Silica Dust Removal

When: Feb 2020

Location: North Fitzroy, Victoria

Client: Modus

Job value: $35k

Brief:
North Fitzroy Primary School were concerned about dust that had accumulated in their loft space migrating into the classrooms below. The dust was tested and identified as silica with traces of heavy metal.

Breathing in silica dust can be harmful because the small size of the particles allows them to penetrate deep into the lungs and cause damage to lung tissue over time. This made safe removal a top priority.

Challenges:
Similar to asbestos, silica dust is at its most dangerous when disturbed as it can become airborne. We needed to use great care to ensure the safety of GMA staff whilst also ensuring we didn’t spread any silica dust into the classrooms below.

Silica Dust Removal
Silica Dust Removal
Silica Dust Removal

What is Silica Dust?

Crystalline silica is a naturally occurring mineral that is found in stone, rock, sand, gravel, and clay. All of which common ingredients in concrete, bricks, mortar, and tiles.

Silica dust is then created when the product is cut, drilled, ground, or sanded. It can also build up naturally over time due to degradation.

Where is Silica Dust most often found?

Outside of construction, demolition and mining sites, silica dust is often found in places where dust can settle and build up over time. This is especially common under flooring or in loft spaces. Common ways silica dust can find its way into these areas are:

Air infiltration: Nearby Construction, renovation, or demolition can generate silica dust. Once airborne it can then travel and enter via cracks or gaps in other structures.

HVAC systems: Silica dust can be carried into roof or floor spaces through heating, ventilation, and air conditioning (HVAC) systems, especially if the systems are not properly maintained and filtered.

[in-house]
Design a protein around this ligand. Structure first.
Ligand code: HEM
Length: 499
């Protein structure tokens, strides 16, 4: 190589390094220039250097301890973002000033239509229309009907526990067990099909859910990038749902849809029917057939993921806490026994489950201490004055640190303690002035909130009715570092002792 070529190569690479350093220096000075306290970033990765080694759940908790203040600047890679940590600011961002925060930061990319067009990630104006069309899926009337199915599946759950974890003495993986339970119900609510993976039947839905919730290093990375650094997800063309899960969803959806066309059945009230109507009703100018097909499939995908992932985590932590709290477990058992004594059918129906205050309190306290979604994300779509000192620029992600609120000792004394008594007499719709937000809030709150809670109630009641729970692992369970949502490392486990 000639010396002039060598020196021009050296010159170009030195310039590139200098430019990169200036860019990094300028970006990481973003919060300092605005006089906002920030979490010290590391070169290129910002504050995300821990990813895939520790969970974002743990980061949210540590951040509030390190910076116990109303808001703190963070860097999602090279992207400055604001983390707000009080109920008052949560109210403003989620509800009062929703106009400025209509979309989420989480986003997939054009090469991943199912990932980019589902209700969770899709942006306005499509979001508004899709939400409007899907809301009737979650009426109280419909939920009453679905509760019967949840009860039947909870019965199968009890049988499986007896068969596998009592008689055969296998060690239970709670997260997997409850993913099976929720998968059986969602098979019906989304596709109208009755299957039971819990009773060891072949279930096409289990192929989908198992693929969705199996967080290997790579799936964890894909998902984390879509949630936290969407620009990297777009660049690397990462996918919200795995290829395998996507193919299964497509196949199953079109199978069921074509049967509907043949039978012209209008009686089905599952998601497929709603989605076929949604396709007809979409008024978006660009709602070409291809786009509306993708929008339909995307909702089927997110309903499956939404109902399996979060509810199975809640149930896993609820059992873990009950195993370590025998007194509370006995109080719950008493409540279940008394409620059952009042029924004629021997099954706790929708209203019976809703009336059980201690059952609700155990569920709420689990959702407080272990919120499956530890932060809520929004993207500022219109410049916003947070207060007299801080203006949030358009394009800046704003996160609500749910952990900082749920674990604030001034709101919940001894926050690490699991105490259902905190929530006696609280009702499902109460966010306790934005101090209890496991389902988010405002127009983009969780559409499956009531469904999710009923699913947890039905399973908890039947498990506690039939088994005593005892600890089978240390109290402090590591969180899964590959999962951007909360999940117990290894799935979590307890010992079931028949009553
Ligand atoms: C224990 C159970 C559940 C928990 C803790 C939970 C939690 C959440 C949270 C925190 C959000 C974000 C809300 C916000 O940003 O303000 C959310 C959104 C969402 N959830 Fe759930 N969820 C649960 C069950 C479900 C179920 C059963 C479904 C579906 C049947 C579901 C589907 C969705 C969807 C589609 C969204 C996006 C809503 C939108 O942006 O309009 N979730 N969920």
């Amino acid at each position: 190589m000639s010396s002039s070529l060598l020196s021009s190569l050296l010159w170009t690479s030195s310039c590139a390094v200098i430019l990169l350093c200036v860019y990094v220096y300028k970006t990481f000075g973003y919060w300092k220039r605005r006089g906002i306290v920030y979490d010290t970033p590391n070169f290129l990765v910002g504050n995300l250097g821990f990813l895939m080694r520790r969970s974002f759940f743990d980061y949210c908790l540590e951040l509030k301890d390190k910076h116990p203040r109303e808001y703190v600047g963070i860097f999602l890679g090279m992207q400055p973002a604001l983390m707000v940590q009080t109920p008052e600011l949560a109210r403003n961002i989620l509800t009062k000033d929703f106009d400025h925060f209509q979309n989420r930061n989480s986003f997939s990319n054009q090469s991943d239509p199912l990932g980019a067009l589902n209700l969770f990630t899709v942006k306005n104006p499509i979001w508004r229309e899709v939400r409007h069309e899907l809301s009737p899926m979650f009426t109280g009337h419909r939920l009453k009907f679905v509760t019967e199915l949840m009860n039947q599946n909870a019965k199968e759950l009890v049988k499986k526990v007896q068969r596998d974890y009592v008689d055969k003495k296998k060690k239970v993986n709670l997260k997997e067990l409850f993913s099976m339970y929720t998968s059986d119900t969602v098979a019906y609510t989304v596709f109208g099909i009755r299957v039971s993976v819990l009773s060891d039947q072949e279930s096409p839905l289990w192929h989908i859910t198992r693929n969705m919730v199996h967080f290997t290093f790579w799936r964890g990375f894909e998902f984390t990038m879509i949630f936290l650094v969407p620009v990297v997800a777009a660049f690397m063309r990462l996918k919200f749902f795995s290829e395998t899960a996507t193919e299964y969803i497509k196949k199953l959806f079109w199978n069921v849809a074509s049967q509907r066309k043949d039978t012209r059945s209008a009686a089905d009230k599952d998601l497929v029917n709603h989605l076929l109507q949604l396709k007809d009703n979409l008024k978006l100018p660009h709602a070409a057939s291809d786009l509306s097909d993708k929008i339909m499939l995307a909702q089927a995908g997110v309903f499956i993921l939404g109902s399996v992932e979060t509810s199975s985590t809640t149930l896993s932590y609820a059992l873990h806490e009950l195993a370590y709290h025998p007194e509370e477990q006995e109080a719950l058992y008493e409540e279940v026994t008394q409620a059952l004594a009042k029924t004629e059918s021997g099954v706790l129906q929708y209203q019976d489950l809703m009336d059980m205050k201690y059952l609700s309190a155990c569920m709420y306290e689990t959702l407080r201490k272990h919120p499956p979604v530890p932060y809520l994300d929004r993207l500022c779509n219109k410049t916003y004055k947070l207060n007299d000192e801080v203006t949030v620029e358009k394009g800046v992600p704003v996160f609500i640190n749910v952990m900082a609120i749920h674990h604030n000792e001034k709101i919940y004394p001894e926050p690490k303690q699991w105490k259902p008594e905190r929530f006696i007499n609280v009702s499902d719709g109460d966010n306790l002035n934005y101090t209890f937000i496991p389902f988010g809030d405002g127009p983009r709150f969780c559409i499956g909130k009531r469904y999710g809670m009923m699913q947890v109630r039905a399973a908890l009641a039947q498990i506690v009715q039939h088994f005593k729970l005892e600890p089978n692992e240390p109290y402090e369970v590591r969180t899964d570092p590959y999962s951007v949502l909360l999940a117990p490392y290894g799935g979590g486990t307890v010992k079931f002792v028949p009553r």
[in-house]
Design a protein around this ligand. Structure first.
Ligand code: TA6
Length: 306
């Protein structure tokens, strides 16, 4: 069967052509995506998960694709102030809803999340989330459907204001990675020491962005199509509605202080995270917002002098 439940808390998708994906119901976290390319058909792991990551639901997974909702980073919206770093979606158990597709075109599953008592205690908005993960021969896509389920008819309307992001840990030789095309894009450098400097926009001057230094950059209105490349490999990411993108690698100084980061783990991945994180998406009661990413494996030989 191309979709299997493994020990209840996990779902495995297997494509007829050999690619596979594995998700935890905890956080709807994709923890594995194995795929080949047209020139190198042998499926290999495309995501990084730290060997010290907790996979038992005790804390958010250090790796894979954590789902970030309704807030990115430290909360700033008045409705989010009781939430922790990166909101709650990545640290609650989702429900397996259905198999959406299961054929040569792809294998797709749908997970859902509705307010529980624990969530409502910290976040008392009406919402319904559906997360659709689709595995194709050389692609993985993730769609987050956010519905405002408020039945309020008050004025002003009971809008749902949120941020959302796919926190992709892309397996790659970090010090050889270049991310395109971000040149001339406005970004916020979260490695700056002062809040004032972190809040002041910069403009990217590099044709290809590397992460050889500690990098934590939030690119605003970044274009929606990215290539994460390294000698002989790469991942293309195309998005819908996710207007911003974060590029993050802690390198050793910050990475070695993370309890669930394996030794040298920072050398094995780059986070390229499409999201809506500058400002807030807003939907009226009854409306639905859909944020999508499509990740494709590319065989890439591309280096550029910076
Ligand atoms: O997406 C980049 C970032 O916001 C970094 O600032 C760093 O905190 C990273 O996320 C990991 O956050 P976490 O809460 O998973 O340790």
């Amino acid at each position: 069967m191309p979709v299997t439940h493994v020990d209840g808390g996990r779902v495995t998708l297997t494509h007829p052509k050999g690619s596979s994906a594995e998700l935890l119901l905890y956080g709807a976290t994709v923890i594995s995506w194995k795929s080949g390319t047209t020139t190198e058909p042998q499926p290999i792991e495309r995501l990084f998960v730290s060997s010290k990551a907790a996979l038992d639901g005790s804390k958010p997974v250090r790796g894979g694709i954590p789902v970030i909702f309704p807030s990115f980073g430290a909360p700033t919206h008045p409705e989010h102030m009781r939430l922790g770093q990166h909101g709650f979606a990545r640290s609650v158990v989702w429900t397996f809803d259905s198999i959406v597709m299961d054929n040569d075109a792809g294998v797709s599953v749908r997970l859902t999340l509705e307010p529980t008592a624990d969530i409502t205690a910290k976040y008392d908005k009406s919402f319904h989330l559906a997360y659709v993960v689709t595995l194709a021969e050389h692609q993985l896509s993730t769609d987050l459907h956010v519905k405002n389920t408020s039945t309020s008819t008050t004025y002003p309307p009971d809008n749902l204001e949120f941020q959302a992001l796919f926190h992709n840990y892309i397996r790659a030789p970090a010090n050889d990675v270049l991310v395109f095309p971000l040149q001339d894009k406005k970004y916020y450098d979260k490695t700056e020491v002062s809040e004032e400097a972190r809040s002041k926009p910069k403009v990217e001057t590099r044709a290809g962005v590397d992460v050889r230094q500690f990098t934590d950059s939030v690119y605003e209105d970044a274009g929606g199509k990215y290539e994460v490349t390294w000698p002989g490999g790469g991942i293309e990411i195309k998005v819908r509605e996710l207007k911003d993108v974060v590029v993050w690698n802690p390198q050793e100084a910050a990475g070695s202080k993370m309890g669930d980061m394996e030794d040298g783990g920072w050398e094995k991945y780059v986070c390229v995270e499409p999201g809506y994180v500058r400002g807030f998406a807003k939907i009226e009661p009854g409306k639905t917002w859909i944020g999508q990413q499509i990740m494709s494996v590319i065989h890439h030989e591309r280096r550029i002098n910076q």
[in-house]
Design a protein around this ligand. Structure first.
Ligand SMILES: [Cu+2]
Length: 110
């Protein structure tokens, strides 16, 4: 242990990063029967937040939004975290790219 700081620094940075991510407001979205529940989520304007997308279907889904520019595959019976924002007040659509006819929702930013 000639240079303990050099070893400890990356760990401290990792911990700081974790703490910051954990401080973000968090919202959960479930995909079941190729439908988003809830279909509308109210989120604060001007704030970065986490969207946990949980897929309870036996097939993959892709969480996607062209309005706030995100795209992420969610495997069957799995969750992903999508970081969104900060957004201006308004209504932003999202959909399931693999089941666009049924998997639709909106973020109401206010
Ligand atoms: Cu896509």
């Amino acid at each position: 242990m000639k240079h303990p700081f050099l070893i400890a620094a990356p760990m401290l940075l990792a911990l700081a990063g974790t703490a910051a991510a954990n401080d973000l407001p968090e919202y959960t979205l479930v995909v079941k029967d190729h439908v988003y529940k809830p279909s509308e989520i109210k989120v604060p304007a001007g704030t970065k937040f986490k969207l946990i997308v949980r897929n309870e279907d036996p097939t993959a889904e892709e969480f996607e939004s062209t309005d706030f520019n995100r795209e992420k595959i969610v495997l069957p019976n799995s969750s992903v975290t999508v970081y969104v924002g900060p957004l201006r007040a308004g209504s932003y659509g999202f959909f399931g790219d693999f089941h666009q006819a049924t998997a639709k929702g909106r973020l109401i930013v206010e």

Runoff: Silica dust that accumulates on a roof, can be carried by rainwater runoff into gutters, downspouts, or other openings.

Degradation: Over time bricks and cement can degrade due to wear and tear or aging, this can result in a localised silica dust build up.

How do we safely remove Silica Dust?

We opt to use the same amount of care when removing silica dust as we do asbestos. It is vital that we are able to keep the silica dust contained and avoid contaminating any nearby areas.

Once we are confident we have the area secured, we use high-efficiency particulate air (HEPA) filtered vacuums and wet cleaning methods to ensure the dust is removed safely.

If you suspect you have silica dust on your premises, never attempt to remove it yourself. Although silica dust is not as well known as asbestos, it can be just as dangerous when inhaled.

All onsite GMA staff are fully trained, wear appropriate PPE and are equipped to remove silica dust safely.

When is the site safe to open?

Before clearing the site for reentry, we use a third-party hygienist to ensure air quality and the absence of harmful airborne particles.

We also wrap and secure all contaminated material and transport it off site to an approved landfill.

We were happy to get the green light from the hygienist and the kids were able to get back to their classes without further delay.